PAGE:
After being accused of "blackmail" and outlandish diva behavior during her trip to Malawi, Madonna is striking back at the leadership of the African nation, accusing them of spreading "lies" and "ridiculous allegations" about her.
According to earlier reports, the Malawi government released a scalding critique of Madge this week. The "Material Girl" was accused of demanding VIP treatment during her recent visit to the impoverished country.
"Granted, Madonna is a famed international musician. But that does not impose an injunction of obligation on any government under whose territory Madonna finds herself, including Malawi, to give her state treatment. Such treatment, even if she deserved it, is discretionary not obligatory," said a Wednesday statement released by President Joyce Banda's office, according to the AP.
The president alleges that Madonna had wanted special treatment at the airport when she was leaving the country.
"Kindness, as far as its ordinary meaning is concerned, is free and anonymous. If it can't be free and silent, it is not kindness; it is something else. Blackmail is the closest it becomes," the statement said.
Later on Wednesday, Madge did not mince her words in responding to these accusations.
"I’m saddened that Malawi’s President...has chosen to release lies about what we’ve accomplished, my intentions, how I personally conducted myself while visiting Malawi and other untruths," she said in a statement. "I have no intentions of being distracted by these ridiculous allegations."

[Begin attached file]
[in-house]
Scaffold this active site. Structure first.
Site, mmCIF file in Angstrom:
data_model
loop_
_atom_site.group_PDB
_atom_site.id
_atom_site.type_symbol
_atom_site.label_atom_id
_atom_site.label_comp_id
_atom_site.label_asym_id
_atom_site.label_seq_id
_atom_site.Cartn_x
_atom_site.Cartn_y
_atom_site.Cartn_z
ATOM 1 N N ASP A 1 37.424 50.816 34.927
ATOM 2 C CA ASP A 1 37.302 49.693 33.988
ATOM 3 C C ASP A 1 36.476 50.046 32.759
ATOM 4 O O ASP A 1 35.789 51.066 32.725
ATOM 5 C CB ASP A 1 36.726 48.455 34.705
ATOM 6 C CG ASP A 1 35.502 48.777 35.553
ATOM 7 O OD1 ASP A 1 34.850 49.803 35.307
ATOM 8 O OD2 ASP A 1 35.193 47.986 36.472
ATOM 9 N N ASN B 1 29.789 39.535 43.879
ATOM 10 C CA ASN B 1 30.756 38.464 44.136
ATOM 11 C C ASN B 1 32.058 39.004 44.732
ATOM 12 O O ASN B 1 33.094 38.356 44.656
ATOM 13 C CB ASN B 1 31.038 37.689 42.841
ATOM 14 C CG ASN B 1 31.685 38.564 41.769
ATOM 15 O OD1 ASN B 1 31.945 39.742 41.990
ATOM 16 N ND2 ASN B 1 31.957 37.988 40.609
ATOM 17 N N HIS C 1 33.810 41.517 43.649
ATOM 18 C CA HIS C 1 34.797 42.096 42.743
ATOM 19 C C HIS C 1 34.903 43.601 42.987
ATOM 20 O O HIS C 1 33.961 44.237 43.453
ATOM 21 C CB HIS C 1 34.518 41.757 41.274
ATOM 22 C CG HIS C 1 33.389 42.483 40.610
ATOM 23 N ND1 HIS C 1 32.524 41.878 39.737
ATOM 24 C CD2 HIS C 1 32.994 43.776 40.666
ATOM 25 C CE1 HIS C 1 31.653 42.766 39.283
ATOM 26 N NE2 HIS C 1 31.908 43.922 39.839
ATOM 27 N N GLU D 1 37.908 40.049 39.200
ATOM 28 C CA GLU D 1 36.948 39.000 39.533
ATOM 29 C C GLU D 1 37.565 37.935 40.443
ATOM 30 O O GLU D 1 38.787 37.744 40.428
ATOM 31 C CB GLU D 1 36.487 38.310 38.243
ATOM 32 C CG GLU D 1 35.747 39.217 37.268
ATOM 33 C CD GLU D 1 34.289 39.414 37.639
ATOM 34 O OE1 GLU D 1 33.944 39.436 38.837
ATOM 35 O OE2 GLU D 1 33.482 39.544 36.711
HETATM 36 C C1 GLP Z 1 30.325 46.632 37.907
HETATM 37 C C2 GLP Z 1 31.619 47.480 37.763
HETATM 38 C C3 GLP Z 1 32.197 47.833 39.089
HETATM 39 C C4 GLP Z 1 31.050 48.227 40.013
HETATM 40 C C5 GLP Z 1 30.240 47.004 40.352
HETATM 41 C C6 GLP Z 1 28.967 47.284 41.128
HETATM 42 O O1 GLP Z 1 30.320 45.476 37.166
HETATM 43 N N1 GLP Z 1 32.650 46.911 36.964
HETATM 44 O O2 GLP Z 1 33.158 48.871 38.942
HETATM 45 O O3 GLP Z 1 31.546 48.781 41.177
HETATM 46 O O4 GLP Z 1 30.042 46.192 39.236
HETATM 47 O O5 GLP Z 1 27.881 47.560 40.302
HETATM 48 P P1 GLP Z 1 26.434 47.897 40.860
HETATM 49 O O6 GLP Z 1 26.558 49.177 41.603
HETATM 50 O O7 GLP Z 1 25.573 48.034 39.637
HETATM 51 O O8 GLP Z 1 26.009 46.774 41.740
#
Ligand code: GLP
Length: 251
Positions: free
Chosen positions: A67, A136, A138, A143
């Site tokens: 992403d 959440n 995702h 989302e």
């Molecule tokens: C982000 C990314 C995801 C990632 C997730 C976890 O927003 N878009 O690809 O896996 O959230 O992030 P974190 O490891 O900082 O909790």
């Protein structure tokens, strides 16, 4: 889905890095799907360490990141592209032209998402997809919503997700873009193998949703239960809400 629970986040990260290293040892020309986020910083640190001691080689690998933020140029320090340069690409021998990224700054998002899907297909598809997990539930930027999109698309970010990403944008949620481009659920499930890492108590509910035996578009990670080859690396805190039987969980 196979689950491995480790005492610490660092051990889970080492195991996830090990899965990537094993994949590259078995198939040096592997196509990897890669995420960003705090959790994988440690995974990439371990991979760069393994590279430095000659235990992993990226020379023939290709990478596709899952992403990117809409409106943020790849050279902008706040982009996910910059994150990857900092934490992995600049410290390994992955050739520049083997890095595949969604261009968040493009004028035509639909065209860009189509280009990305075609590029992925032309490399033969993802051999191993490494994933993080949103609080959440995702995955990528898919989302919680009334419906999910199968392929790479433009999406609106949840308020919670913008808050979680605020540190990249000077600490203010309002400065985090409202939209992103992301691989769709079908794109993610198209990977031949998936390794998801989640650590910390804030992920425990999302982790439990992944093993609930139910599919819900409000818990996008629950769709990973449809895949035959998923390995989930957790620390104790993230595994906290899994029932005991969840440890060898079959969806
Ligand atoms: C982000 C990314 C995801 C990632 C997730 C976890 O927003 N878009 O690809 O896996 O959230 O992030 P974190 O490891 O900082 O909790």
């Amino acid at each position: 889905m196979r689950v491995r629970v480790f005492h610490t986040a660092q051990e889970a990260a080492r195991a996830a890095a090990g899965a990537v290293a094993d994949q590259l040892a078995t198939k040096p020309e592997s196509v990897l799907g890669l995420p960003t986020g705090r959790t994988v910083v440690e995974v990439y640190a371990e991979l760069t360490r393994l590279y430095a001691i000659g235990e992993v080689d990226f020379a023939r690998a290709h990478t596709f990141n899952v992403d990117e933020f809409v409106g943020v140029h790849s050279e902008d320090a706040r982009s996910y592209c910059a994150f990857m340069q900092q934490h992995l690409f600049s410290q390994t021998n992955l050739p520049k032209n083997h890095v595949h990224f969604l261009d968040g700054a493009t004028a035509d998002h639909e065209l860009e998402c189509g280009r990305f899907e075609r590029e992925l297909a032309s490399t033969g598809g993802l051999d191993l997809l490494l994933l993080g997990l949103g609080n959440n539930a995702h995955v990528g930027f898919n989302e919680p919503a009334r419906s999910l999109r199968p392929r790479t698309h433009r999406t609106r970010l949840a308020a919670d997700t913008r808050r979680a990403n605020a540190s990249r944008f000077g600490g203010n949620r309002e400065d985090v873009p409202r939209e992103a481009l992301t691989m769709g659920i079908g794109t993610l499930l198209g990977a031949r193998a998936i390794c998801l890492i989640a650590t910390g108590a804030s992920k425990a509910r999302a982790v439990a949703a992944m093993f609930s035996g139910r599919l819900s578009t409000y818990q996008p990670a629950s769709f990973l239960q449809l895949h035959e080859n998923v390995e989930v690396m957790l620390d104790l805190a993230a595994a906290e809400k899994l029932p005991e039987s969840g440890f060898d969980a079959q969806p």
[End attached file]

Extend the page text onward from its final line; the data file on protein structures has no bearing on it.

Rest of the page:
Madonna, who has adopted two children from the southern African country, runs several humanitarian projects there. The mom of four has reportedly spent more than $11 million of her own money on these projects, which has reportedly included the recent establishment of 10 community schools.
“I was very happy to visit with the children of Malawi earlier this month and to see with my own eyes the ten new primary schools in Kasungu province that Raising Malawi and buildOn completed this past year," Madonna said in the statement, referring to the recent weeklong trip to Malawi that she took with her kids.
"These schools are now educating more than 4,800 children with girls attending in equal numbers. These children who were formerly learning outside on the ground, in unsafe buildings or not at all, now get to attend classes on a daily basis. My children and I were overjoyed to visit these schools and see what amazing progress has been made," she continued.
Banda had previously questioned the validity of this school-building initiative.
"Where are the 10 schools she has built? She is just building school blocks at already existing schools. In some cases she just renovated an already existing block. This is an insult to the people of Malawi. She can't be lying to the world at our expense," Banda said.
Madge and those involved in her charity claim that the Malawi leadership is lashing out because Banda's sister, Anjimile Mtila-Oponyo, was fired as the CEO for Madonna's charity, Raising Malawi. Banda, in turn, has dismissed these claims.
It remains to be seen whether the mounting tension between Madonna and Banda will hinder the singer's humanitarian efforts there. Still, the artist insists that she is committed to Malawi for the long run.
"I came to Malawi seven years ago with honorable intentions. I returned earlier this month to view the new schools we built. I did not ever ask or demand special treatment at the airport or elsewhere during my visit," Madonna said in the statement. "I will not be distracted or discouraged by other people’s political agendas. I made a promise to the children of Malawi and I am keeping that promise.”
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